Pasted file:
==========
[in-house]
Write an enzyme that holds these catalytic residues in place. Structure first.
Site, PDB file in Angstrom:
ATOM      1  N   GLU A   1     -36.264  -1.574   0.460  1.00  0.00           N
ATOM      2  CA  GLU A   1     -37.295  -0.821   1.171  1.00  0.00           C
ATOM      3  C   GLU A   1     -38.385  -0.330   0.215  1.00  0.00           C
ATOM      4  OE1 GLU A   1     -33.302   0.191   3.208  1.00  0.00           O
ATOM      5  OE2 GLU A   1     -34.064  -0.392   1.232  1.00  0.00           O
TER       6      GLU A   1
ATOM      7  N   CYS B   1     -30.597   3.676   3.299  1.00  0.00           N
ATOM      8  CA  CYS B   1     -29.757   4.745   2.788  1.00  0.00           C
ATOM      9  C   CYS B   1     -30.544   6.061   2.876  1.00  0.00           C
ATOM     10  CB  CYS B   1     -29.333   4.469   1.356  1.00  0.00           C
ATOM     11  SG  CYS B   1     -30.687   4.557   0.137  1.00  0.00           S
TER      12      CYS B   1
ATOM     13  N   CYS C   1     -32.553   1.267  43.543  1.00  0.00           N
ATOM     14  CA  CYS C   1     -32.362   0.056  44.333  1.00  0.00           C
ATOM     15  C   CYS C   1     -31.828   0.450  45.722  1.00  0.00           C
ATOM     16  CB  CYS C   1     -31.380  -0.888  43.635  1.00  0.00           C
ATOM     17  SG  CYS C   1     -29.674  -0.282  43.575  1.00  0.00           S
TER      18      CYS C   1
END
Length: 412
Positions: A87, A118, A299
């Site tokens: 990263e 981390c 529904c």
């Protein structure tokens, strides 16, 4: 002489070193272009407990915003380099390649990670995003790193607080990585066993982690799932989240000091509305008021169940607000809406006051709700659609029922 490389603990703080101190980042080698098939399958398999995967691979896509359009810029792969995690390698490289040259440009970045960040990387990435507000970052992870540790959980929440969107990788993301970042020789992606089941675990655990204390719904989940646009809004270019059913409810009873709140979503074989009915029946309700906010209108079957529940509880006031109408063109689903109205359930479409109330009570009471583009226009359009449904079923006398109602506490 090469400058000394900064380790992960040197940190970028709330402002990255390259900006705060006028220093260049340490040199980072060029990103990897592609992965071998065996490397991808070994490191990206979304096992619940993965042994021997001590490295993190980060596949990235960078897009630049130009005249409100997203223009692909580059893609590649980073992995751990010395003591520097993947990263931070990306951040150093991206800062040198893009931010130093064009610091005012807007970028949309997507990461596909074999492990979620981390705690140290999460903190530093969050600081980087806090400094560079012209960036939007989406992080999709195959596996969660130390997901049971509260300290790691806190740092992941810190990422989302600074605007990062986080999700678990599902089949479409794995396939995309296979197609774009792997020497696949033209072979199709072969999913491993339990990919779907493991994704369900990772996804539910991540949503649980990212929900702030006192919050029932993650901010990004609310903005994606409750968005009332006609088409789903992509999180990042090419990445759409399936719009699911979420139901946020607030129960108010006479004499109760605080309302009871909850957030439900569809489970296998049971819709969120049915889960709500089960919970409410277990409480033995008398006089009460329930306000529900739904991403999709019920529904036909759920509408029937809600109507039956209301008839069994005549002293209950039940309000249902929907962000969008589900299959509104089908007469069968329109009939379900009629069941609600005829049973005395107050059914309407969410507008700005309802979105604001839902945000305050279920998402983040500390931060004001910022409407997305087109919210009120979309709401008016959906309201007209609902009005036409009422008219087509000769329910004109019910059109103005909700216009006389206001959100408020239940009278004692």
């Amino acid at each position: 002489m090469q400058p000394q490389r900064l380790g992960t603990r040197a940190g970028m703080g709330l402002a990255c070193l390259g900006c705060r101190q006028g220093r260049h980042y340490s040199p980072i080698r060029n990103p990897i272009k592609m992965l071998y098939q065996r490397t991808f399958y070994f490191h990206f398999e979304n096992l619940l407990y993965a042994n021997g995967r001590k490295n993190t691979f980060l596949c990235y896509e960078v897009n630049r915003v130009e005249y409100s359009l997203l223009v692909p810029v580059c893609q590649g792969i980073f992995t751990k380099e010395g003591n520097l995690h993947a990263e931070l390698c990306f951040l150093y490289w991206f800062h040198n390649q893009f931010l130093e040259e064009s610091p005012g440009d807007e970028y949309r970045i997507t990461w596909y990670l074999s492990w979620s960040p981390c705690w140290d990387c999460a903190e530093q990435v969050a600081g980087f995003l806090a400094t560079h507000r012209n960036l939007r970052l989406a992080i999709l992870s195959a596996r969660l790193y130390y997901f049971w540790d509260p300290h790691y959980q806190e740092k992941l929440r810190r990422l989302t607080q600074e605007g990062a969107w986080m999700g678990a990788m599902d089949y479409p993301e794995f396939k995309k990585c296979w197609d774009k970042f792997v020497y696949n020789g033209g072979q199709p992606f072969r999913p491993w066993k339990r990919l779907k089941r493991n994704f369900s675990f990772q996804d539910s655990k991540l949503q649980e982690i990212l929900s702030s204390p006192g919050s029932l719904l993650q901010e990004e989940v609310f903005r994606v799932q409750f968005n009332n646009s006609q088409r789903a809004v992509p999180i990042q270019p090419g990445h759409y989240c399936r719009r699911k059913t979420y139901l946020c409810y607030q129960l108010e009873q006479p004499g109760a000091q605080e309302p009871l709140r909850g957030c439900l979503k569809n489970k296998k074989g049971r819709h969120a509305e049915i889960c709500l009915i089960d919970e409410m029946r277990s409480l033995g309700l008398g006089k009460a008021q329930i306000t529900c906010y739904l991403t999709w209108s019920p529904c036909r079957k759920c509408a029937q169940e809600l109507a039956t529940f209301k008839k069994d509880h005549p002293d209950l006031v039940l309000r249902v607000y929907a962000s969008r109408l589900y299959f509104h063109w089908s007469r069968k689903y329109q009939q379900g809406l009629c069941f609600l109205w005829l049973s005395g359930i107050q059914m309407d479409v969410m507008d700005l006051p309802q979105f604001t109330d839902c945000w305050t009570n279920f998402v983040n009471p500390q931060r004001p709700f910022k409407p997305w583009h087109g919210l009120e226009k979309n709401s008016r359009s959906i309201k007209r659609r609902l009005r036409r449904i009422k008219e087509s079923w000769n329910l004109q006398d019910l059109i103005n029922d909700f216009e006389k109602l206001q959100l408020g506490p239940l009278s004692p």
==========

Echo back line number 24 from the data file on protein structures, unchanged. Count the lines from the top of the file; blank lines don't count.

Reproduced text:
Positions: A87, A118, A299